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I'm working on a project that is being versioned with svn. Normally with git, I would pick which files I'd like to make as part of a commit with git add, and then make a commit. The problem is, I don't know if there is a similar way to do something like that in subversion. I end up working on a feature, then get interrupted to fix a bug.. and end up having to commit both of them at once. Is there a smarter way to handle staging of commits so my bug fix and feature can be separate commits in svn? I don't want to branch either, because that's god awful in subversion.

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3 Answers 3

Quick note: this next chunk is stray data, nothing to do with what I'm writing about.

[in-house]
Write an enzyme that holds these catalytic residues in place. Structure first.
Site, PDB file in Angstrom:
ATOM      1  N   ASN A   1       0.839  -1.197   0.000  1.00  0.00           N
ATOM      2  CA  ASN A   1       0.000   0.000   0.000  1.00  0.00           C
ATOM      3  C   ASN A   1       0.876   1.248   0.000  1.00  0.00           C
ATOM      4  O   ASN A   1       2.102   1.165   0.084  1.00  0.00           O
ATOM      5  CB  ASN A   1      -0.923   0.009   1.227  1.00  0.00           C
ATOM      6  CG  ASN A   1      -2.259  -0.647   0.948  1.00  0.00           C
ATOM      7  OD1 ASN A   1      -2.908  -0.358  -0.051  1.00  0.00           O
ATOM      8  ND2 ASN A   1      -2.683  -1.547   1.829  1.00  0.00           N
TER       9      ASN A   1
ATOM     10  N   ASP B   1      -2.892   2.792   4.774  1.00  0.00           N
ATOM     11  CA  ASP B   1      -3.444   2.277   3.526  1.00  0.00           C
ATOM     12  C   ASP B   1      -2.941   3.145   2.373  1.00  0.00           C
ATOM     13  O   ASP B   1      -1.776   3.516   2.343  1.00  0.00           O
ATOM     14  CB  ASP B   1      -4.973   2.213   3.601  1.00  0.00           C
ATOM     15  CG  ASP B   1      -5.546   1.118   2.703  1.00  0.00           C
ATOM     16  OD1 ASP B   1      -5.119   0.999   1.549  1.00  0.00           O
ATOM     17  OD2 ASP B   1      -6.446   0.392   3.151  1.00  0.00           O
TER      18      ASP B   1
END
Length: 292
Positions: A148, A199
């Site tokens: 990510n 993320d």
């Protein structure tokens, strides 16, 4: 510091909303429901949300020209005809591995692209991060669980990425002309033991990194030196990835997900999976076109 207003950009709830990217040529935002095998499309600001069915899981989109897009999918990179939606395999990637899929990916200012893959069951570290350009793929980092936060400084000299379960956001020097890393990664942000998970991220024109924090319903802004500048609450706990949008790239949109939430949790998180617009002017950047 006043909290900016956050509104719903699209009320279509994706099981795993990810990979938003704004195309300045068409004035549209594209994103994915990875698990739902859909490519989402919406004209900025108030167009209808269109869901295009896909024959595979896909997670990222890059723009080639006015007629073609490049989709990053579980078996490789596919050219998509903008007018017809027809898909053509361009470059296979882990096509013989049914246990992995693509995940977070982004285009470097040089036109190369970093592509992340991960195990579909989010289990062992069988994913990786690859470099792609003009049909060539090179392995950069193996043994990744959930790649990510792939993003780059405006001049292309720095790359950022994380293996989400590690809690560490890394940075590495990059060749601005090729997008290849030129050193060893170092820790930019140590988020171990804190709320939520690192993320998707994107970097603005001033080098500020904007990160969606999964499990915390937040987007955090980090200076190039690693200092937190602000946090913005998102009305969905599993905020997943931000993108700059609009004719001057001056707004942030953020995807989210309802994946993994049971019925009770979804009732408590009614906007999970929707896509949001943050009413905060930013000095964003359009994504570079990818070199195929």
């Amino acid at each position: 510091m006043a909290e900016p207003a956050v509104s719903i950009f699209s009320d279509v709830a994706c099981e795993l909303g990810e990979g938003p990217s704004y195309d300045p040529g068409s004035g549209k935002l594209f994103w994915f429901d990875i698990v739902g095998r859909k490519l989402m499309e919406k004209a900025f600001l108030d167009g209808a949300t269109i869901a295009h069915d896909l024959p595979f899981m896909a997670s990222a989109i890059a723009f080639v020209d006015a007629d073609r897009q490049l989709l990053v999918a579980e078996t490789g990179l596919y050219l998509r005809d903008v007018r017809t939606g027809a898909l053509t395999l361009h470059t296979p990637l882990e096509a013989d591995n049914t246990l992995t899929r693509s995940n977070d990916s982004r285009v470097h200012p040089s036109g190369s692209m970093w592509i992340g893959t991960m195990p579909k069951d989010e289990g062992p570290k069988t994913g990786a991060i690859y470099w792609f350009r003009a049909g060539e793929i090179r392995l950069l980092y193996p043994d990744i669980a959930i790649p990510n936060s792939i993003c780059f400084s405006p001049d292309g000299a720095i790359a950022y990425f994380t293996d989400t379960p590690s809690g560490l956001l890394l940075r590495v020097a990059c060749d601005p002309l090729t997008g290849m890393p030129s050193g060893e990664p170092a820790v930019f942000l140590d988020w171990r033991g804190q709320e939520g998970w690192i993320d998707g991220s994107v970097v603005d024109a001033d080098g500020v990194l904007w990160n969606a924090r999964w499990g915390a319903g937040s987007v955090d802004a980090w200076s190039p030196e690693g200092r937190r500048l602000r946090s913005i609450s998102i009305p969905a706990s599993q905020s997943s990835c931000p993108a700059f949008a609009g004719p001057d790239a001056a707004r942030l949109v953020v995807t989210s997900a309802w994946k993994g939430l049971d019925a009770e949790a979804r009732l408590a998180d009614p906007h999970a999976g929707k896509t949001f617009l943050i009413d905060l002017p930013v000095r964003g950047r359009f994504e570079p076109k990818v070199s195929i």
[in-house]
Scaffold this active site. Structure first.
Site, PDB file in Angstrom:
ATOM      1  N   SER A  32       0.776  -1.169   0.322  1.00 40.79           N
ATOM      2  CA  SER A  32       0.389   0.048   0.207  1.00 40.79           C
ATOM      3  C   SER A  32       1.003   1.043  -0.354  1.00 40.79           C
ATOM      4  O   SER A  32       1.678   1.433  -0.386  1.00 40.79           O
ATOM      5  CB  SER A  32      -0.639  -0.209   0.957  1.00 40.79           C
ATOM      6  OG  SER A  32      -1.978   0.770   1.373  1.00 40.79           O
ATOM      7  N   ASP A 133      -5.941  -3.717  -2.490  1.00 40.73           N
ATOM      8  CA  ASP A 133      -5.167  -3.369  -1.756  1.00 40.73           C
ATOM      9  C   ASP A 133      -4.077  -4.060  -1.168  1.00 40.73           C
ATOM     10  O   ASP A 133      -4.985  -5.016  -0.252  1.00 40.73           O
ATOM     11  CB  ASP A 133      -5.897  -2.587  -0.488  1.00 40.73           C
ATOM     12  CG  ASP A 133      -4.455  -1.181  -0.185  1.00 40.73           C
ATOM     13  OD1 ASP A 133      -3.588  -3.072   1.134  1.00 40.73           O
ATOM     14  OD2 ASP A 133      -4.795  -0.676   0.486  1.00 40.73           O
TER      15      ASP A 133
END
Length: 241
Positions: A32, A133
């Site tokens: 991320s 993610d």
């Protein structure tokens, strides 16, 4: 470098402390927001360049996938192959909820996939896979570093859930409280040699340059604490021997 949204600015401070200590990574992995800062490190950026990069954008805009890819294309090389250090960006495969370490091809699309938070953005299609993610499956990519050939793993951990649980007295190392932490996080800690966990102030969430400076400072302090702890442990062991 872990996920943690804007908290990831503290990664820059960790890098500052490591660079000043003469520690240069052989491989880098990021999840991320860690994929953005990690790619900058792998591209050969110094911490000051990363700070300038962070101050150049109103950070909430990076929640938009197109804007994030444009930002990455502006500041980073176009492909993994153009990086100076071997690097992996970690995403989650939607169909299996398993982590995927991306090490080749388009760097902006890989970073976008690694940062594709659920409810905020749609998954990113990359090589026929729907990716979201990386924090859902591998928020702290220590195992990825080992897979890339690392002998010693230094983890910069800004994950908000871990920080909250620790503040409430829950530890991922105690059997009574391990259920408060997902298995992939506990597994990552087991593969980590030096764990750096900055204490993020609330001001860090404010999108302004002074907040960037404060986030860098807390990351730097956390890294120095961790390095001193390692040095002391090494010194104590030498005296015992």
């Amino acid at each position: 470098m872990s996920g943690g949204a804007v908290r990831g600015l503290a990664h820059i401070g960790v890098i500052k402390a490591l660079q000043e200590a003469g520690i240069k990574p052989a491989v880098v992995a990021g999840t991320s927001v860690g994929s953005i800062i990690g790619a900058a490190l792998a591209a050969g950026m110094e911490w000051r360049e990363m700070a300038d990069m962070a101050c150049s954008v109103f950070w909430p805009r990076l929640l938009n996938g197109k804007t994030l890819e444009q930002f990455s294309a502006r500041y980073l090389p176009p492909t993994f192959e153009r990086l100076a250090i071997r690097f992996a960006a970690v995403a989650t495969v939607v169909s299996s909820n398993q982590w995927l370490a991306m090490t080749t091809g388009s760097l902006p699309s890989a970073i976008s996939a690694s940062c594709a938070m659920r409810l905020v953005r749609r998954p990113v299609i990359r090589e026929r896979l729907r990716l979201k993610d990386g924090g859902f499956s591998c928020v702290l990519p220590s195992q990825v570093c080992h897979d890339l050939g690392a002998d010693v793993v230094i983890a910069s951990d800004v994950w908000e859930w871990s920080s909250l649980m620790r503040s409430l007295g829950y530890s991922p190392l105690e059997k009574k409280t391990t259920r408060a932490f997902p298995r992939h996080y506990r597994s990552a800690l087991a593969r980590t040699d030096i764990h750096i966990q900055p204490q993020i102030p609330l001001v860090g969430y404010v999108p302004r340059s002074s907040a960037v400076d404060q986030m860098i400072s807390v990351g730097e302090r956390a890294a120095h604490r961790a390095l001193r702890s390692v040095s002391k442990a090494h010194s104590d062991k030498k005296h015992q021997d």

up vote 5 down vote accepted

Two options:

  • Manually choose to only commit the files that you're interested in. svn commit file1 file2 ..., or use a client like TortoiseSVN that provides a GUI for doing so.
  • Use changelists.

(Really, in recent versions of Subversion and with a good client like Tortoise, I don't think branching is as awful as it's made out to be, but that's another story...)

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Using TortoiseSVN (tortoisesvn.tigris.org), when you commit, you're presented with a list of all changed files, each with a checkbox. You simply click off the checkbox next to each file you don't want included. –  Willful Wizard Jul 29 '10 at 18:01

git-svn bridge is another option.

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Branching is super easy in Subversion. Any problems come when you merge the changes back, but that's often the same story with any SCM, even git, when you try merging binaries or resolving conflicts.

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